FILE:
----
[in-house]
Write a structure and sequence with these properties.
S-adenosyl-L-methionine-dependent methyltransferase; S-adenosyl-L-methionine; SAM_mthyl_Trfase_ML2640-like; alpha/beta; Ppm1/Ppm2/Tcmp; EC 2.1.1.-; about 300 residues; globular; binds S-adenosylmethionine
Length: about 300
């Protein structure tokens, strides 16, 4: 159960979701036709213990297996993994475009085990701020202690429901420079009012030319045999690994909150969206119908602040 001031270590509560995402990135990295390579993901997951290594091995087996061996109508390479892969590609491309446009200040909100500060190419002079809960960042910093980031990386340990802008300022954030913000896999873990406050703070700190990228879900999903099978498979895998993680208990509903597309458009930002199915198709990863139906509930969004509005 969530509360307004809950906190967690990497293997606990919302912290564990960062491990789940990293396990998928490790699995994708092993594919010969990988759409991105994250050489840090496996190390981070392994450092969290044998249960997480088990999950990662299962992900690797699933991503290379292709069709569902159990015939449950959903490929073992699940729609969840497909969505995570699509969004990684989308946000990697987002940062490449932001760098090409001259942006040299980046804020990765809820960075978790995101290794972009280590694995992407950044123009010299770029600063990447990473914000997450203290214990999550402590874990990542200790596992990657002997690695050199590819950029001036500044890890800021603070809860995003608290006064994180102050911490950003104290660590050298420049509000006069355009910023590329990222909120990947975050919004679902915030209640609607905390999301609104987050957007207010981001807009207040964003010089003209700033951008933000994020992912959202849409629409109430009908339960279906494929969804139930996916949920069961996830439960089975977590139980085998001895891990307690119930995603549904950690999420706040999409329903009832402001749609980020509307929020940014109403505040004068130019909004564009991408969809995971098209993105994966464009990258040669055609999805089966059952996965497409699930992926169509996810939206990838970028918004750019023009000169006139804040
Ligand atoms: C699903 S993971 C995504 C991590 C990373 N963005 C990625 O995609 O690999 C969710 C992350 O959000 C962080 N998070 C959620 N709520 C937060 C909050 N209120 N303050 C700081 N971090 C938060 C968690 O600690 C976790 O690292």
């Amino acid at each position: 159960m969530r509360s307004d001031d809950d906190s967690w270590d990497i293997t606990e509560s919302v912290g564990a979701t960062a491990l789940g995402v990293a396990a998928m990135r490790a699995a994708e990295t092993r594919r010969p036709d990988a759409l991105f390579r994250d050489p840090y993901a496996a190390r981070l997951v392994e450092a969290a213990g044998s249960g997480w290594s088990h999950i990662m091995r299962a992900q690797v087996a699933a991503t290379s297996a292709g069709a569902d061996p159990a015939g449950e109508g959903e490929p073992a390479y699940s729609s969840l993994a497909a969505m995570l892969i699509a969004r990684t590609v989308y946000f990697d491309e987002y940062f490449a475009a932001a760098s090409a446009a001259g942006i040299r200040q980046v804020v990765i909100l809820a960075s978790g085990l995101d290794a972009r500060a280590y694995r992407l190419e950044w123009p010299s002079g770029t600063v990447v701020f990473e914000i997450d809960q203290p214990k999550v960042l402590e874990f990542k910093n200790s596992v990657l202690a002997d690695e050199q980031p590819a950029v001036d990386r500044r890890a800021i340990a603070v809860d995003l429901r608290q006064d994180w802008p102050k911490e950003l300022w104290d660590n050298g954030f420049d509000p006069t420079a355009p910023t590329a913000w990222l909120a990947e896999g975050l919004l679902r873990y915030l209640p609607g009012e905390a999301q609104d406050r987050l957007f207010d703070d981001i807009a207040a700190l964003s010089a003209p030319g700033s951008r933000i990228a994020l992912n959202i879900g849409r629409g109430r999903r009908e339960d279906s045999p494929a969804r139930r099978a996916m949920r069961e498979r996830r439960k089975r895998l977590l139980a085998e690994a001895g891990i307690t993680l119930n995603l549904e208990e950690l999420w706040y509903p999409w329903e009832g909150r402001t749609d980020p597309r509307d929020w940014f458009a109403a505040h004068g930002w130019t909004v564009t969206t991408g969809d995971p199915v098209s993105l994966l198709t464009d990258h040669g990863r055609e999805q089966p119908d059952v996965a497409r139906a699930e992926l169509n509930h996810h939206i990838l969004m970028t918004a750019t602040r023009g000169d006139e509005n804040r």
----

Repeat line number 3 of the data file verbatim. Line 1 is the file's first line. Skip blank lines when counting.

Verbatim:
S-adenosyl-L-methionine-dependent methyltransferase; S-adenosyl-L-methionine; SAM_mthyl_Trfase_ML2640-like; alpha/beta; Ppm1/Ppm2/Tcmp; EC 2.1.1.-; about 300 residues; globular; binds S-adenosylmethionine